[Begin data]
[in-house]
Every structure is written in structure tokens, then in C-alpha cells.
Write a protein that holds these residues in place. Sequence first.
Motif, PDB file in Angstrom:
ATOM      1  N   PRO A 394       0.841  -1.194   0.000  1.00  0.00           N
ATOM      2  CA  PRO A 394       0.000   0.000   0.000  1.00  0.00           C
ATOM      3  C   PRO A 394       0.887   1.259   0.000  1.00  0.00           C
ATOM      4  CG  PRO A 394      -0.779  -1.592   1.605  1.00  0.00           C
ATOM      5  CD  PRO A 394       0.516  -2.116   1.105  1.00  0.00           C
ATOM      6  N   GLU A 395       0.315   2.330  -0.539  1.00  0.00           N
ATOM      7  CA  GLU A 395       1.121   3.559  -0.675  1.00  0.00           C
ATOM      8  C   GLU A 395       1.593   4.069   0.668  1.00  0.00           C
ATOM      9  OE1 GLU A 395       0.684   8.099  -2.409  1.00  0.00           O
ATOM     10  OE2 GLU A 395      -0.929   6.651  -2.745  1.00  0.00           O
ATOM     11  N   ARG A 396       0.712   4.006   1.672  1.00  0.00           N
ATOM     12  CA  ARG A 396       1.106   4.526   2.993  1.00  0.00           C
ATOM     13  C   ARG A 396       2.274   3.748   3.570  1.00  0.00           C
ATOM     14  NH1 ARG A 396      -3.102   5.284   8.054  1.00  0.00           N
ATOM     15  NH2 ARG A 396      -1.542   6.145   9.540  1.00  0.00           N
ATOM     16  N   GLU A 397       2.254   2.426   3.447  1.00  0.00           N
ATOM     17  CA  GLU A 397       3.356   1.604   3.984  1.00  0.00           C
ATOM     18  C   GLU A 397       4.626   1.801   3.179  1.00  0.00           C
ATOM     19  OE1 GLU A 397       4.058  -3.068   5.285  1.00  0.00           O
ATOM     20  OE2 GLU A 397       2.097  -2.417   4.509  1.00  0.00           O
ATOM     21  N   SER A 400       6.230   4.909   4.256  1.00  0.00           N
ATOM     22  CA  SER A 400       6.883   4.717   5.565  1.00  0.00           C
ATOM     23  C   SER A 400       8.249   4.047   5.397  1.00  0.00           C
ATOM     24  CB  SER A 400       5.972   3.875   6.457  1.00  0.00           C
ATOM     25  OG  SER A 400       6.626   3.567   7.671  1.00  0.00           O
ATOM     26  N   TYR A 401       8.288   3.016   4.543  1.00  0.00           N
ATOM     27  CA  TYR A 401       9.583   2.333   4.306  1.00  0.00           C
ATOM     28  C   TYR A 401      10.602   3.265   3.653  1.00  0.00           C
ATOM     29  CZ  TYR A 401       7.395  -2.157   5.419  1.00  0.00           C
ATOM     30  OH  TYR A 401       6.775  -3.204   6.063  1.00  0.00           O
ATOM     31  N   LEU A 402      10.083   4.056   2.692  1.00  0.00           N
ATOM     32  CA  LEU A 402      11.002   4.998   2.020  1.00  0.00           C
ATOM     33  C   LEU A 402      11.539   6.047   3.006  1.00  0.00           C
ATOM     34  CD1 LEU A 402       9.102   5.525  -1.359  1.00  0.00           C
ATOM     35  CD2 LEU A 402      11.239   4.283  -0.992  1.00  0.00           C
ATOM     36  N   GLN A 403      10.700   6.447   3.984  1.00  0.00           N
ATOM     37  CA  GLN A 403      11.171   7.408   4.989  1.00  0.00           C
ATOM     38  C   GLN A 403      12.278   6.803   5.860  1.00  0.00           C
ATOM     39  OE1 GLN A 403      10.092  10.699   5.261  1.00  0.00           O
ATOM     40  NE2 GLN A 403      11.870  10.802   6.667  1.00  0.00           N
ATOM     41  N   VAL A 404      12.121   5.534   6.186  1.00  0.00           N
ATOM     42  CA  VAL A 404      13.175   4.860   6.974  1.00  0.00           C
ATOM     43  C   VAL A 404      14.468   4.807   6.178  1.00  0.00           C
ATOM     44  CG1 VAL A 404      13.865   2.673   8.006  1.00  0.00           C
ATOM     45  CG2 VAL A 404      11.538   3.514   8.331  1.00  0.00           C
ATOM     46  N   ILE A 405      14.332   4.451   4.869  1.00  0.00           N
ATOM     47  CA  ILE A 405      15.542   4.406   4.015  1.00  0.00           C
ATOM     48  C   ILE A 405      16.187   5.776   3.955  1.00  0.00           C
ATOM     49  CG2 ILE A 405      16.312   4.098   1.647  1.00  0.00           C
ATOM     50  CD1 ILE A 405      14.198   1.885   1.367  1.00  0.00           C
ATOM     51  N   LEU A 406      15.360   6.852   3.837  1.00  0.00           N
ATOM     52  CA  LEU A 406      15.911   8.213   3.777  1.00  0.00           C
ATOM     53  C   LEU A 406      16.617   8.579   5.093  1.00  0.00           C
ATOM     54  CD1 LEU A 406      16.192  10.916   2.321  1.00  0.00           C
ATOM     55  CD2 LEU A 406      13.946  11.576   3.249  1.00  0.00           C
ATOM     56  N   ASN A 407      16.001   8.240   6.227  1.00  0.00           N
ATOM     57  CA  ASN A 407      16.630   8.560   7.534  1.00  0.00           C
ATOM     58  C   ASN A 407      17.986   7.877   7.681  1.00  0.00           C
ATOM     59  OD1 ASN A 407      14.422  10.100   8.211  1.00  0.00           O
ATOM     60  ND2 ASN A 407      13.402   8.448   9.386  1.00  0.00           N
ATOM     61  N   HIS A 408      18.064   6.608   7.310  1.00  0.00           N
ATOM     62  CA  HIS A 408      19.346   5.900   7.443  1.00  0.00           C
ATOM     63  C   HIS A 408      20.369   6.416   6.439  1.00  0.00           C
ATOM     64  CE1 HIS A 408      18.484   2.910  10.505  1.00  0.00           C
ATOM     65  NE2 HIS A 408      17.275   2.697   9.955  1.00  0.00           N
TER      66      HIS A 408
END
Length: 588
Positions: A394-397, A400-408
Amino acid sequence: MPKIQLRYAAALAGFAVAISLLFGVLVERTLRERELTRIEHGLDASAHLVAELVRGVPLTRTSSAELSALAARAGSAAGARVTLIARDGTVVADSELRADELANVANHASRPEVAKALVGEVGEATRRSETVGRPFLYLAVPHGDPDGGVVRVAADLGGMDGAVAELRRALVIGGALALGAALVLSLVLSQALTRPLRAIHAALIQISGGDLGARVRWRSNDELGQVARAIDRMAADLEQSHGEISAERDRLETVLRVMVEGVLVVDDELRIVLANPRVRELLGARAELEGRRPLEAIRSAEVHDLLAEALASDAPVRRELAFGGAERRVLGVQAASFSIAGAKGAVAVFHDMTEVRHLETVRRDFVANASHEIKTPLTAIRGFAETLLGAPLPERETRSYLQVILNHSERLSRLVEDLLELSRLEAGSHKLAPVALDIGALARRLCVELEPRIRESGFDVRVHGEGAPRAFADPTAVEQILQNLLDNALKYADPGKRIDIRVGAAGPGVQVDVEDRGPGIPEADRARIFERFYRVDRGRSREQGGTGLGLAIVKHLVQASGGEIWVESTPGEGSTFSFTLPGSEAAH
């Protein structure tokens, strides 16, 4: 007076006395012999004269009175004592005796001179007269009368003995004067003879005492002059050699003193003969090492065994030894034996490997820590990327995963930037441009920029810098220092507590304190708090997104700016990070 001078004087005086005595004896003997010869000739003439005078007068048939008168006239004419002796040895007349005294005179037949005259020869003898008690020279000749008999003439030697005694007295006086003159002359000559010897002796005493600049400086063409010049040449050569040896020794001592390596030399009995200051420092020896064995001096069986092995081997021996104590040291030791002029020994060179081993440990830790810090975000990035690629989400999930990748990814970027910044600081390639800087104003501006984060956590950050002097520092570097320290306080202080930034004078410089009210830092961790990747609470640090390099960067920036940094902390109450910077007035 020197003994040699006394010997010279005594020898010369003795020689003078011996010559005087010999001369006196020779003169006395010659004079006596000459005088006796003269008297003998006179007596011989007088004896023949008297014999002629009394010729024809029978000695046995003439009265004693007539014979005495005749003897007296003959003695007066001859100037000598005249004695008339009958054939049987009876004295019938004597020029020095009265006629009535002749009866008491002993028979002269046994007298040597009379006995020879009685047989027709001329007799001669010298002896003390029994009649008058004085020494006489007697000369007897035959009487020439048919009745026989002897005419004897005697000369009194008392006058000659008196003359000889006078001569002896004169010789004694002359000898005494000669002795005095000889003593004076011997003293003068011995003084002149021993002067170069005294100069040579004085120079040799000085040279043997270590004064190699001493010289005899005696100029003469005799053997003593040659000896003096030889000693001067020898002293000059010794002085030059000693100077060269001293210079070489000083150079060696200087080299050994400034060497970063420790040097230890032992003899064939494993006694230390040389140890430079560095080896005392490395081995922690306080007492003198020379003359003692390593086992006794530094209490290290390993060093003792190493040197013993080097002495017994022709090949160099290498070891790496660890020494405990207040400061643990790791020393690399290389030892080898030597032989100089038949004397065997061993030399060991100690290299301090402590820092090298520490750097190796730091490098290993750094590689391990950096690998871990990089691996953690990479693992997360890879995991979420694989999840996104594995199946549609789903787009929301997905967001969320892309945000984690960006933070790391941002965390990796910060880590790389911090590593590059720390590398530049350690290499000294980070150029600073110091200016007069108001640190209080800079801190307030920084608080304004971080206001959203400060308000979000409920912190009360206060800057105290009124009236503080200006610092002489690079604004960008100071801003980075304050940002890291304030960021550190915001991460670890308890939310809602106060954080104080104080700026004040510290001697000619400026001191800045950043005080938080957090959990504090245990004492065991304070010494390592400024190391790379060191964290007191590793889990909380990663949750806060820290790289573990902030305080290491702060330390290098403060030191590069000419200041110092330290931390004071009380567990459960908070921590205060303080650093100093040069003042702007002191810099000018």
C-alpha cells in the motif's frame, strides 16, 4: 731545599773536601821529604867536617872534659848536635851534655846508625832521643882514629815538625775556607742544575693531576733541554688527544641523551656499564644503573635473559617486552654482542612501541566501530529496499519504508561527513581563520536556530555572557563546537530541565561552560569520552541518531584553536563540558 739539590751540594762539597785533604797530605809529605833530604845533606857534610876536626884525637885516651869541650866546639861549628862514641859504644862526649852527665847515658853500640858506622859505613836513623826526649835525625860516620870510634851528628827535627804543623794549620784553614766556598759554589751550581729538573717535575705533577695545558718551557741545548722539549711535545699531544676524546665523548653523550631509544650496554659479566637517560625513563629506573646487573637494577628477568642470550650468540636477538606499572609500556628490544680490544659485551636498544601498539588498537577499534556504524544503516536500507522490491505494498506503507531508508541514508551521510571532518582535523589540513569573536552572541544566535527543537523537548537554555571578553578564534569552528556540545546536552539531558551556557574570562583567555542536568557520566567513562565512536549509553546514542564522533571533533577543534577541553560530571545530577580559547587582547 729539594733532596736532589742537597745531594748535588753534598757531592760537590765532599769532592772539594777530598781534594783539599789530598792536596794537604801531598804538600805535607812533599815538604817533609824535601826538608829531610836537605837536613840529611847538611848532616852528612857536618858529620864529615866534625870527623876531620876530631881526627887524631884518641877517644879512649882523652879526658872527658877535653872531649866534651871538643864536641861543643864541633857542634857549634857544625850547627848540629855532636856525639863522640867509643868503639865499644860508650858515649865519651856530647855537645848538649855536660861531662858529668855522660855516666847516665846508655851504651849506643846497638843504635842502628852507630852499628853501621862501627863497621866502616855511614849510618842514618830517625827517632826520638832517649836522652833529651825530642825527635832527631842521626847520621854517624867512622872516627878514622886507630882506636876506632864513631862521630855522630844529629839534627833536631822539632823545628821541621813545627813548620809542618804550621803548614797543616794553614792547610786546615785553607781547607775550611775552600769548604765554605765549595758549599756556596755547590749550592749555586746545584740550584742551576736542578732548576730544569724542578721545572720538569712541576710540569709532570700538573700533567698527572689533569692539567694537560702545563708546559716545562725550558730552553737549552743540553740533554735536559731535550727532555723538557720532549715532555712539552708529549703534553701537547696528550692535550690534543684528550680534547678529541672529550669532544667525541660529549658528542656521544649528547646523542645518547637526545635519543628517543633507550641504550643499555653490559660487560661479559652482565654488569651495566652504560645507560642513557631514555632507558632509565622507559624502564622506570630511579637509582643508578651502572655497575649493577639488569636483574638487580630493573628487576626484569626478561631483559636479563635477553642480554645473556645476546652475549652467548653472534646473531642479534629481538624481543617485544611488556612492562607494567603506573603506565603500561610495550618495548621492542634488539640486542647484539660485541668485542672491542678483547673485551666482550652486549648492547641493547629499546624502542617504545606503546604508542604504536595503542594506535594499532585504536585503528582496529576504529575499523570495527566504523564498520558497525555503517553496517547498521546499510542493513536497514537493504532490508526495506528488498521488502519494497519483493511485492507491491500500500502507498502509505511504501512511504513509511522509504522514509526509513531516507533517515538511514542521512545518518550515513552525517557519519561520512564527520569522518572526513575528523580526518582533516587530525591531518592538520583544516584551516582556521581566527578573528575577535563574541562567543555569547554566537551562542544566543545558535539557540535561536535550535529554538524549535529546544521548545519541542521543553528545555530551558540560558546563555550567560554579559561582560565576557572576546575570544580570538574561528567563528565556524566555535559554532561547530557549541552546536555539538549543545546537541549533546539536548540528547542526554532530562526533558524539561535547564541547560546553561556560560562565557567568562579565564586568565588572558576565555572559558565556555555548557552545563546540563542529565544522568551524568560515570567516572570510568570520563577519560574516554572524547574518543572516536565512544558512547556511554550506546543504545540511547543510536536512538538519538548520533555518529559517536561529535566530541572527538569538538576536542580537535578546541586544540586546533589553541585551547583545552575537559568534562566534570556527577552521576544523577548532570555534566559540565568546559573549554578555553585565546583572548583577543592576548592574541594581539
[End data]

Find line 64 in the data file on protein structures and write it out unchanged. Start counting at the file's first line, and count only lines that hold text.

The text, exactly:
ATOM     60  ND2 ASN A 407      13.402   8.448   9.386  1.00  0.00           N